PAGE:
The LZ consisted of two spots in the snow that our friends had tramped flat with their boots. An impromptu waiting area had been designated a short distance away from each LZ, both filled with climbers and their Sherpa team mates, approximately 50 people in total whom I saw that morning. The riot of brightly colored backpacks and down clothing looked like a clearance sale at REI. We joined the group and took in the views: Above, the cwm we had just descended. Below, the icefall and beyond it (out of view) EBC. The stark ridge of Pumori stood out against the blue sky, pure white and razor-sharp.
Then, the helicopters began to arrive. They developed a nice traffic pattern, flying up next to Nuptse, touching down briefly at the LZ to pick up pairs of climbers, then pitching down over the Khumbu next to Everest’s West Shoulder. Three helicopters were involved, and we got to know them by their livery and by their pilots’ individual style. The A3 choppers are almost miraculous, with remarkable flight capabilities at these altitudes. In fact, a heavily modified version of one actually touched down on the summit a few years ago. Still, very thin air even at C1’s 19,500 feet ASL, so we were limited to two passengers per sortie: a climber and Sherpa pair. Each flight circuit took about 10 minutes, including the unloading and refueling time at EBC… clearly, there would be a long wait at the gate today!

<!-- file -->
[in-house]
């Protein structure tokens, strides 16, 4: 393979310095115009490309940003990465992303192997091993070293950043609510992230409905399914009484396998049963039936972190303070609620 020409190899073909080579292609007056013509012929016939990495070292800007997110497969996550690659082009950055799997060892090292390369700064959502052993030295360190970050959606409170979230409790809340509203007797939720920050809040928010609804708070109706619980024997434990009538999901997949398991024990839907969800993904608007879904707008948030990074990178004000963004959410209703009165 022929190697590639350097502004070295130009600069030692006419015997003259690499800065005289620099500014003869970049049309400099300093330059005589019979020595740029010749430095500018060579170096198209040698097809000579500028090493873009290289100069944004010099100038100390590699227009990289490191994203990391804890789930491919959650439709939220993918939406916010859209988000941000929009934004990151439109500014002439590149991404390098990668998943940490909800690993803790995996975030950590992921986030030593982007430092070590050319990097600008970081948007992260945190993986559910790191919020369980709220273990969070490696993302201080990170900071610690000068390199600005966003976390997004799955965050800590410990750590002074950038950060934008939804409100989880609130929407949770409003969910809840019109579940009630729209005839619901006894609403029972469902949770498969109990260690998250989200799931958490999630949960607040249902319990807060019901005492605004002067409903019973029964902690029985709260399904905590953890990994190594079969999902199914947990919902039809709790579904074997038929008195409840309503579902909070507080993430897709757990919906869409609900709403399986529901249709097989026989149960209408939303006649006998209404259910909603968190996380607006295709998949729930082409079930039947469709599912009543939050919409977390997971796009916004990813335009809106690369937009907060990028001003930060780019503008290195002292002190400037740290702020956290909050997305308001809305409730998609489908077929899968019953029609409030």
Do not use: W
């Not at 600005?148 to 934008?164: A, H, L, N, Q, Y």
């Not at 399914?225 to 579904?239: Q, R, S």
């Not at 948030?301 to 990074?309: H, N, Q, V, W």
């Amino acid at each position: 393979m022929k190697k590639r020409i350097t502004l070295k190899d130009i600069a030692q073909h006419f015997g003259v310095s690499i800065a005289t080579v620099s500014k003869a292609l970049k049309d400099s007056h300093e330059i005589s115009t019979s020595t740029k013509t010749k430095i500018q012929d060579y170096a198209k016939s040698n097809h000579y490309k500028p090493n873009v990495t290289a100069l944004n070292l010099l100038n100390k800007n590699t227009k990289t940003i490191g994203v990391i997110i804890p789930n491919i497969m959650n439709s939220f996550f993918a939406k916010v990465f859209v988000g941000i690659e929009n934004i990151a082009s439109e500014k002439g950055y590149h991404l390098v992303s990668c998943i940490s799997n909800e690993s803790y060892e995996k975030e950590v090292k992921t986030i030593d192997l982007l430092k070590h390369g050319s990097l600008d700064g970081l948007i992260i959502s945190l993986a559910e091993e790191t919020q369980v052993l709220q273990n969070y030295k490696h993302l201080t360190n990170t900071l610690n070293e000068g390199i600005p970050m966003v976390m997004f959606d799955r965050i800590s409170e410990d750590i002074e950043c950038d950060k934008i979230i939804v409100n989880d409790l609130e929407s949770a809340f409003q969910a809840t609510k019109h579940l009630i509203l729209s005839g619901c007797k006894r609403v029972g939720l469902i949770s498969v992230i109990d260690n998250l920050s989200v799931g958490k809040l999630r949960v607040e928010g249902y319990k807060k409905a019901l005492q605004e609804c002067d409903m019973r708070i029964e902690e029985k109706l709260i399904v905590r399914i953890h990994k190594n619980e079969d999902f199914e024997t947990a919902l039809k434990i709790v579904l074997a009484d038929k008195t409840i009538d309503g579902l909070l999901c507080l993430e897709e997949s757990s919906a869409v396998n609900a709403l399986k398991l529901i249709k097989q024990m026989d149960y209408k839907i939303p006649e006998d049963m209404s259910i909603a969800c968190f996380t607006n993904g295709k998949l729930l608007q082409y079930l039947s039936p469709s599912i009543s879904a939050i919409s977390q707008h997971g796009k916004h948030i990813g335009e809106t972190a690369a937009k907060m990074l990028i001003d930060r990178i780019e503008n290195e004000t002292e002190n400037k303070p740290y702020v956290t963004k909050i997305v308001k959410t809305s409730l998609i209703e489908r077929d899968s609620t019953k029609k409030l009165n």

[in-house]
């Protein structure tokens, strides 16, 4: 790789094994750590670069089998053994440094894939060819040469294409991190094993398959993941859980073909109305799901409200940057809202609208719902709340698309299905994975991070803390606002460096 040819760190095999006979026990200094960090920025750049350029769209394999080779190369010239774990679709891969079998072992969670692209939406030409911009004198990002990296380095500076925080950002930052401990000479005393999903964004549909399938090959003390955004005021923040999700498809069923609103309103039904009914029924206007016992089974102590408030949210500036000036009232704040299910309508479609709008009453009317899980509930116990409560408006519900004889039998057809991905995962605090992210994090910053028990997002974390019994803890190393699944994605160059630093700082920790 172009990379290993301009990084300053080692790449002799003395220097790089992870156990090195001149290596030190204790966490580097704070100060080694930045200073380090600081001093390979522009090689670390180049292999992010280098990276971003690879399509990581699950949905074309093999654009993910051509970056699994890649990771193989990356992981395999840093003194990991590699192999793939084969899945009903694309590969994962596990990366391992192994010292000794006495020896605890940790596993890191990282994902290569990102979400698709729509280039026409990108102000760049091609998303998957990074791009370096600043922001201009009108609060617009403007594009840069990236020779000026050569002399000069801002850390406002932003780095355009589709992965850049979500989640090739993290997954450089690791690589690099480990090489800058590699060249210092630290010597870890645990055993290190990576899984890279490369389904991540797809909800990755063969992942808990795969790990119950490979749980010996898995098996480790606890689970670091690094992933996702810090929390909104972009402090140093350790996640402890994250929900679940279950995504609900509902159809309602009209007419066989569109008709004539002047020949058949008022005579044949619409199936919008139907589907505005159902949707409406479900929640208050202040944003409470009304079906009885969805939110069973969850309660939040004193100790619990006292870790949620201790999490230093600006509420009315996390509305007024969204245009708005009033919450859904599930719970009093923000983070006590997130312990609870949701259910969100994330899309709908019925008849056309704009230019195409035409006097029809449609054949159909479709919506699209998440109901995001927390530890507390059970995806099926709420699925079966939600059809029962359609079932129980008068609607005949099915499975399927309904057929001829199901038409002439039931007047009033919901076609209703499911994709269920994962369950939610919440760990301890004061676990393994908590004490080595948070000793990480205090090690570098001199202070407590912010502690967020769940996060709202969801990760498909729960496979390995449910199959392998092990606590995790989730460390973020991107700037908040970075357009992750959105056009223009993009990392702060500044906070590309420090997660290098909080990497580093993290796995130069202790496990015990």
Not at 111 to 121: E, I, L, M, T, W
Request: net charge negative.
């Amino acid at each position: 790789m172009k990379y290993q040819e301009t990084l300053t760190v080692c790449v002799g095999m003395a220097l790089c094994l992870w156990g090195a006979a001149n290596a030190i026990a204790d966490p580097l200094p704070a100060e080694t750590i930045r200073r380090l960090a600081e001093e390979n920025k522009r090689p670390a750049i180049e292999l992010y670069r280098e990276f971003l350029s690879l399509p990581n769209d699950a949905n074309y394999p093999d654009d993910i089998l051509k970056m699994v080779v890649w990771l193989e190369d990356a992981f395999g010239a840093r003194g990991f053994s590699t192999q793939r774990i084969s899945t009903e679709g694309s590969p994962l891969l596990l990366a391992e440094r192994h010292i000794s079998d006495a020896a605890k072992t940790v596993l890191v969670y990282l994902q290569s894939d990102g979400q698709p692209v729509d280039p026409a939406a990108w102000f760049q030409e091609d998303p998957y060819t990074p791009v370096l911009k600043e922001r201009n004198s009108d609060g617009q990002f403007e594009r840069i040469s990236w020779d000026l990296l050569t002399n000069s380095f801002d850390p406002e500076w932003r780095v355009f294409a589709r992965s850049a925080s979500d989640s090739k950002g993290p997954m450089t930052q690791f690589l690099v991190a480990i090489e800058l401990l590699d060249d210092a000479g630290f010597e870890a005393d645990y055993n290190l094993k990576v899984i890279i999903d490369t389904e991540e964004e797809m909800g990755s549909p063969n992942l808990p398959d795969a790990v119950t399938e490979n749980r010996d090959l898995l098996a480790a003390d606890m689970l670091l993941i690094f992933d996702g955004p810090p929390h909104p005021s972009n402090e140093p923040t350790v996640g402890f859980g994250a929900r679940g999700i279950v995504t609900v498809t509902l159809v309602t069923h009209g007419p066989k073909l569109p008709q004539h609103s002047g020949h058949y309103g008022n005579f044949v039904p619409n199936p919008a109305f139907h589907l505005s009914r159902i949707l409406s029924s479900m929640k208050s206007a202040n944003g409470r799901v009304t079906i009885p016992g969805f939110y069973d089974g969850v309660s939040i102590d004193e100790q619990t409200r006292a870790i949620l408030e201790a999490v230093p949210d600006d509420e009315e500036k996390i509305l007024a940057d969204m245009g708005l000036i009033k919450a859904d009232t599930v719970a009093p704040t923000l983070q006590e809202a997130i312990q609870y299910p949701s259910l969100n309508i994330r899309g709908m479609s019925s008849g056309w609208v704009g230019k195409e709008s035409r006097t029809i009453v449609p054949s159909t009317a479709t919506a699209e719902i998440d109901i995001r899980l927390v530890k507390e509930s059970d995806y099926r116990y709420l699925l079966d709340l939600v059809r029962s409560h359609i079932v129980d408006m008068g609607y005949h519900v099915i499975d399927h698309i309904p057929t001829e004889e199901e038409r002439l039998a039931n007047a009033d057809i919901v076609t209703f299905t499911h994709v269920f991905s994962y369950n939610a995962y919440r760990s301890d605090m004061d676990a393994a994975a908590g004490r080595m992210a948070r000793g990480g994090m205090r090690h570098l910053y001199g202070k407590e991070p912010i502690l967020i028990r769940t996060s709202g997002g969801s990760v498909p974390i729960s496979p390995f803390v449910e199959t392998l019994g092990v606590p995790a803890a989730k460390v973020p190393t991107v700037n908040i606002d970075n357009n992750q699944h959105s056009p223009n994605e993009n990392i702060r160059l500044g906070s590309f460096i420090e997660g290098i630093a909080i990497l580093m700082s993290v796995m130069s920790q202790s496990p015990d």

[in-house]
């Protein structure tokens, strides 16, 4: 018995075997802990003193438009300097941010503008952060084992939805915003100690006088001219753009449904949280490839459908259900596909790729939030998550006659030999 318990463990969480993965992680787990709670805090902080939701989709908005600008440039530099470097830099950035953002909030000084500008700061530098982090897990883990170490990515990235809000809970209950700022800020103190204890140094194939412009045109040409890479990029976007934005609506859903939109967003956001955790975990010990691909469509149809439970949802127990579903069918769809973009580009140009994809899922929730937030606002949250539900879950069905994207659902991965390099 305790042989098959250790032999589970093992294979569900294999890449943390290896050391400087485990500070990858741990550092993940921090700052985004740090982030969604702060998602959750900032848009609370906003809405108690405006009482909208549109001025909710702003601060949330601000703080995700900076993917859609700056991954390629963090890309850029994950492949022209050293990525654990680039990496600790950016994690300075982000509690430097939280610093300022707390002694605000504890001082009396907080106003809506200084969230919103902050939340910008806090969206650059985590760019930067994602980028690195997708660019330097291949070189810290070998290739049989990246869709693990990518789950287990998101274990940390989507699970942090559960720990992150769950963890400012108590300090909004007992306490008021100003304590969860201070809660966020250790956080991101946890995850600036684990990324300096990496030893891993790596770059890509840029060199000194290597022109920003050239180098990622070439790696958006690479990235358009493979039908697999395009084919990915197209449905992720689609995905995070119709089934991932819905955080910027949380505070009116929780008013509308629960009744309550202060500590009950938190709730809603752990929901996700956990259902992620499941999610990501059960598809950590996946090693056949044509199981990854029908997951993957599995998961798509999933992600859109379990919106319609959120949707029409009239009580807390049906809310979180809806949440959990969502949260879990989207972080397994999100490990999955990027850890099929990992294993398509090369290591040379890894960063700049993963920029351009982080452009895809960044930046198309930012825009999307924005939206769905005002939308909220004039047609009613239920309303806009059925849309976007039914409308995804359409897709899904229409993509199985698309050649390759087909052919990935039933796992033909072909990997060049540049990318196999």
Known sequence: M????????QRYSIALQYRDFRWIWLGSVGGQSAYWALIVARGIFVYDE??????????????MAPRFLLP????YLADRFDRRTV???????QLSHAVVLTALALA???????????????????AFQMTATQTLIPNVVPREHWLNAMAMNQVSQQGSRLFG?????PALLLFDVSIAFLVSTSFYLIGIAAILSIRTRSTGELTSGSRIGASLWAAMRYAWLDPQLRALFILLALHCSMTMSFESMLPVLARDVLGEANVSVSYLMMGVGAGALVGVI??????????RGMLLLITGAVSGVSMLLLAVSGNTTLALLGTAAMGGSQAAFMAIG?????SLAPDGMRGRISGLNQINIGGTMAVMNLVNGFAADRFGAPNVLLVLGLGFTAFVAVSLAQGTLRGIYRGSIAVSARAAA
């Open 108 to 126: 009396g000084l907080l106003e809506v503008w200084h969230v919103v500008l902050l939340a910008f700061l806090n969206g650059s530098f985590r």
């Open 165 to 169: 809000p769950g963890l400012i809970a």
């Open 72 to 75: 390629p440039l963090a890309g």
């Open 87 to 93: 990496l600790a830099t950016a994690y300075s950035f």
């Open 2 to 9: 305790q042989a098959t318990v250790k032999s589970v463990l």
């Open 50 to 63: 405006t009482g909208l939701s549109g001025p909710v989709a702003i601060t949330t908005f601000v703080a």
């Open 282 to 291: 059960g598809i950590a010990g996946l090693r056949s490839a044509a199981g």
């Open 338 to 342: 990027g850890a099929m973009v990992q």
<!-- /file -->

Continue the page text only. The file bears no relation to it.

When the first chopper arrived, many in the group surged ahead towards the LZ, and passenger traffic control became a bit of an issue. As you can imagine, everyone wanted to get down, and with morning clouds swarming overhead, there was concern all around that the flights could be scrapped any time. I could not understand why folks were pushing to the front, as we were clearly in for a long wait… so I laid down in the snow and tried to take a nap at the back of the line. IMG guides were large and in charge of the chaos, and kept things in great order for members of all the groups up there. A flight liaison officer ran coms and air traffic control… there was really nothing to do but wait. Here are some lighthearted moments during this time: